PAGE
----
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Fire-Roasted Flavor in Spanish Piquillo Peppers

Fine Cooking Issue 21
Photo: Scott Phillips
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A pepper in a jar becomes a gastronomic star when it’s a genuine pimiento del piquillo from Spain. These pimientos (the Spanish word for all kinds of peppers, though in English it refers only to cooked red peppers) are strictly artisan products; they’re harvested in the northeast region of Navarra, fire-roasted, hand-peeled, and usually packed without preservatives. The flavor is so sublime that even four-star restaurants in Spain use them right from the jar.

Gently piquant, these thin-fleshed pimientos del piquillo are not more than four inches long, and their slender shape narrows to a slightly twisted peak—piquillo in Spanish. They’re marvelous on their own, lightly sautéed with a touch of garlic and extra-virgin olive oil, or used in countless preparations. In Spain, they’re often stuffed with meat, fish, or vegetables and bathed in a variety of sauces.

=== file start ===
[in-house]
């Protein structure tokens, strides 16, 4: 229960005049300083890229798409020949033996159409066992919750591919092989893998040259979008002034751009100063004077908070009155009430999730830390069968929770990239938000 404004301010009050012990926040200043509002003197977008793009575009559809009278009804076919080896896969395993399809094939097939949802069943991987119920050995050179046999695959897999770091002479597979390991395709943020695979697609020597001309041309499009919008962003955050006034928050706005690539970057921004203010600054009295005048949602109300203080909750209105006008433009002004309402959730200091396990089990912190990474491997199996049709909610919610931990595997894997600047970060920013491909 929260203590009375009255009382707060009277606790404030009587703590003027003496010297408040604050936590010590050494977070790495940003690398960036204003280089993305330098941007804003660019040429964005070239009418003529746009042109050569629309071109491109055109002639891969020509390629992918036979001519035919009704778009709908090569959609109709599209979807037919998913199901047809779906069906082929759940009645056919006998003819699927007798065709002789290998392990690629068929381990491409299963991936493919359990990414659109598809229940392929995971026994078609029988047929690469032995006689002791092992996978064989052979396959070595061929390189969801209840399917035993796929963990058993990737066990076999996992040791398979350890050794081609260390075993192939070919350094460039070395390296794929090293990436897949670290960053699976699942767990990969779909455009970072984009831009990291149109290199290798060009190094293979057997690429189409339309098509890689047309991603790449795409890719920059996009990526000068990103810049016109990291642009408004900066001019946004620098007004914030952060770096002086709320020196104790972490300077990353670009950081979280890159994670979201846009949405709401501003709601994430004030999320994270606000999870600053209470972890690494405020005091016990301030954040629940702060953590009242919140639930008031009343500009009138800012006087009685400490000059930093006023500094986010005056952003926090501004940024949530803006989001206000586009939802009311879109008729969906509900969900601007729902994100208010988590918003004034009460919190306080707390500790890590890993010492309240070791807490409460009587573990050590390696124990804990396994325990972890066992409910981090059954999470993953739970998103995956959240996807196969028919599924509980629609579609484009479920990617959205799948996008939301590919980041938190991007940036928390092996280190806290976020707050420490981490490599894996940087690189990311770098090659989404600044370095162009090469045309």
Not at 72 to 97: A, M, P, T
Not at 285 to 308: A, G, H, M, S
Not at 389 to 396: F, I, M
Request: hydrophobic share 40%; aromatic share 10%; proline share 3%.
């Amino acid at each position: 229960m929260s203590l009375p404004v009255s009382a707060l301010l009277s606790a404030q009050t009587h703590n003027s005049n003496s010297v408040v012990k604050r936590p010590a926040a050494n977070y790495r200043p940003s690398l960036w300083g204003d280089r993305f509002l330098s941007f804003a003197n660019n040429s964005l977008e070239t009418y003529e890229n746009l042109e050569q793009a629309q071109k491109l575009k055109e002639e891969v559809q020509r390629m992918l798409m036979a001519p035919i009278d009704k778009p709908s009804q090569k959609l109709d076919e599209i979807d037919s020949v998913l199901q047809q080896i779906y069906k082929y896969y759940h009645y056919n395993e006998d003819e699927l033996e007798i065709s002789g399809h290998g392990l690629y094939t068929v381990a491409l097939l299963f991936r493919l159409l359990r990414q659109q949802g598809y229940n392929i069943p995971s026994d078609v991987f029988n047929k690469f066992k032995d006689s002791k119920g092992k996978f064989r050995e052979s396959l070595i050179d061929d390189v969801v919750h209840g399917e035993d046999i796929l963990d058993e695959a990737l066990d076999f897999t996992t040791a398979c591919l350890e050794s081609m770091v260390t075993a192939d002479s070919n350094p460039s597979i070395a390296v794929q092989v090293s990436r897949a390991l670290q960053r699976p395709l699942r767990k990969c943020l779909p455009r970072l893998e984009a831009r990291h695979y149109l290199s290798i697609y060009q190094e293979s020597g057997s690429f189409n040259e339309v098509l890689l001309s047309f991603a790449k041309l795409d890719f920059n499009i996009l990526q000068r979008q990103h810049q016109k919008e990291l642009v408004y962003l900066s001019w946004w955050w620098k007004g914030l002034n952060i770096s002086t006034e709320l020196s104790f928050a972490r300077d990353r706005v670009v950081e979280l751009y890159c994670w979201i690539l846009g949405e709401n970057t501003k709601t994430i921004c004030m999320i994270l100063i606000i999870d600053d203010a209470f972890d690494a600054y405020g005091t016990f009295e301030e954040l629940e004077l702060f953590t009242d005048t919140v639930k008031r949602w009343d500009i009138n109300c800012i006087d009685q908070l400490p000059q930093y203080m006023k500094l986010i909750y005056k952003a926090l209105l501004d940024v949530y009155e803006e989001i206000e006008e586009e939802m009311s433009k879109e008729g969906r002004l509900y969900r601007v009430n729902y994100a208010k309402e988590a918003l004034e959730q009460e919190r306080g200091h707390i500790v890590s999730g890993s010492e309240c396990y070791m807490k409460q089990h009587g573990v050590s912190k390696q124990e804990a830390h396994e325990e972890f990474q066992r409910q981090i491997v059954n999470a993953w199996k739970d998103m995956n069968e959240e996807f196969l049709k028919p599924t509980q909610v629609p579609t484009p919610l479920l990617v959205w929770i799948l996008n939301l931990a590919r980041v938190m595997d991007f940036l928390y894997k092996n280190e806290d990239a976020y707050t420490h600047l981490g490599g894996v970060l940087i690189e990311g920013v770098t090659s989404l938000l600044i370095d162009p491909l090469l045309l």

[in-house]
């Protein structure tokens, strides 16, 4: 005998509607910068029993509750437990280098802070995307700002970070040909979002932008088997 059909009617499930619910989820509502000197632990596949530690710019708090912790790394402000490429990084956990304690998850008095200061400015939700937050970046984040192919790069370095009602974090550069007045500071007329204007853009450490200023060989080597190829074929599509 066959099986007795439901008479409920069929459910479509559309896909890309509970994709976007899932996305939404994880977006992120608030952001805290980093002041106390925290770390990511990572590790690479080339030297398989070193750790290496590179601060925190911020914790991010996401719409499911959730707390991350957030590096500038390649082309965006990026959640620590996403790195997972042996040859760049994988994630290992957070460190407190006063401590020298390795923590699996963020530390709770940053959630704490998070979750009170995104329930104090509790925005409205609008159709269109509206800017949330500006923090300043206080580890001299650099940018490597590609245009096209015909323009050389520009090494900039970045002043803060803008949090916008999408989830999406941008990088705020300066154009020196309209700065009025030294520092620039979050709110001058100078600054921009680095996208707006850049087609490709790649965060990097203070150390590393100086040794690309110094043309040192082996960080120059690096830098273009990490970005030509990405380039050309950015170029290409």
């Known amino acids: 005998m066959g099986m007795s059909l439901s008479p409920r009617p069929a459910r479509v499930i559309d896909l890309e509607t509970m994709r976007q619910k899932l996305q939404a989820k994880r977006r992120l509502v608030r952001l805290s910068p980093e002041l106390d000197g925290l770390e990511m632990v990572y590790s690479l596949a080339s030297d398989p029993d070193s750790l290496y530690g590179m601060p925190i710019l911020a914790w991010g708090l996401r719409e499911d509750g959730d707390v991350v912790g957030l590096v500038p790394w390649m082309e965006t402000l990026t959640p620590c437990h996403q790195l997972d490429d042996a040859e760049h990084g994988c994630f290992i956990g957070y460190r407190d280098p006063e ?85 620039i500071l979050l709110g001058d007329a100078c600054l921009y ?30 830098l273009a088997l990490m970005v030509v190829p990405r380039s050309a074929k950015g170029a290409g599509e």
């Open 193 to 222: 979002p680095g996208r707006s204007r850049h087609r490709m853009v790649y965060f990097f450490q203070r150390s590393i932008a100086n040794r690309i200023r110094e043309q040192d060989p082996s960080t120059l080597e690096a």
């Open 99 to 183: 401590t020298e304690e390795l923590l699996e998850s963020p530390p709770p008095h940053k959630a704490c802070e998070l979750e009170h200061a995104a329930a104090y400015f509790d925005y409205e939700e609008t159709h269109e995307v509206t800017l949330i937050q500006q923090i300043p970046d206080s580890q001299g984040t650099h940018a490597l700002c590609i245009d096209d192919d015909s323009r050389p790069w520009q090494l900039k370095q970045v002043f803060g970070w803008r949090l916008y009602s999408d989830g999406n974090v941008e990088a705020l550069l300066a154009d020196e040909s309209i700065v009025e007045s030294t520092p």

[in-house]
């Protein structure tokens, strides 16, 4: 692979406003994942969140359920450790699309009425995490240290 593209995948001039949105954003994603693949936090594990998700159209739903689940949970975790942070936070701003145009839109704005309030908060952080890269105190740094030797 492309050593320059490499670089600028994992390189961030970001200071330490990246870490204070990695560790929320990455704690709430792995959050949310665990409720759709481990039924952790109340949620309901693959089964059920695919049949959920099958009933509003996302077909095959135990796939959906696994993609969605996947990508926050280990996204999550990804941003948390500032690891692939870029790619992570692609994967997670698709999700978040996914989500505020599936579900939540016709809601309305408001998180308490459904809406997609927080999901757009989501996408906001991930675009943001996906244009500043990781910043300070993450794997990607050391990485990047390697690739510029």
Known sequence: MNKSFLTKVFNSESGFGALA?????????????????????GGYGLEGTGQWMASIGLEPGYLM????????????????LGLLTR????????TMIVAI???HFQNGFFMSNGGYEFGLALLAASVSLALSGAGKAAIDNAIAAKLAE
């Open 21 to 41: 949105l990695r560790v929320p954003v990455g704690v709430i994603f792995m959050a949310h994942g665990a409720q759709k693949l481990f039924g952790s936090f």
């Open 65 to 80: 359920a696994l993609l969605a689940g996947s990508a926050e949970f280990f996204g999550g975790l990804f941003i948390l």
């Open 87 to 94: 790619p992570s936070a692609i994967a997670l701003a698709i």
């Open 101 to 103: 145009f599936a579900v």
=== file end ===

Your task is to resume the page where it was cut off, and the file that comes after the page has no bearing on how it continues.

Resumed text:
All piquillo peppers (pronounced pee-KEE-yoh), however, aren’t created equal. Two of the best brands are available through the mail: El Navarrico comes in 225g jars (about half a pound) for $10 (from Zingerman’s); and Almanaque comes in 230g jars for $5.50 and 285g jars for $6.50 (from The Spanish Table).


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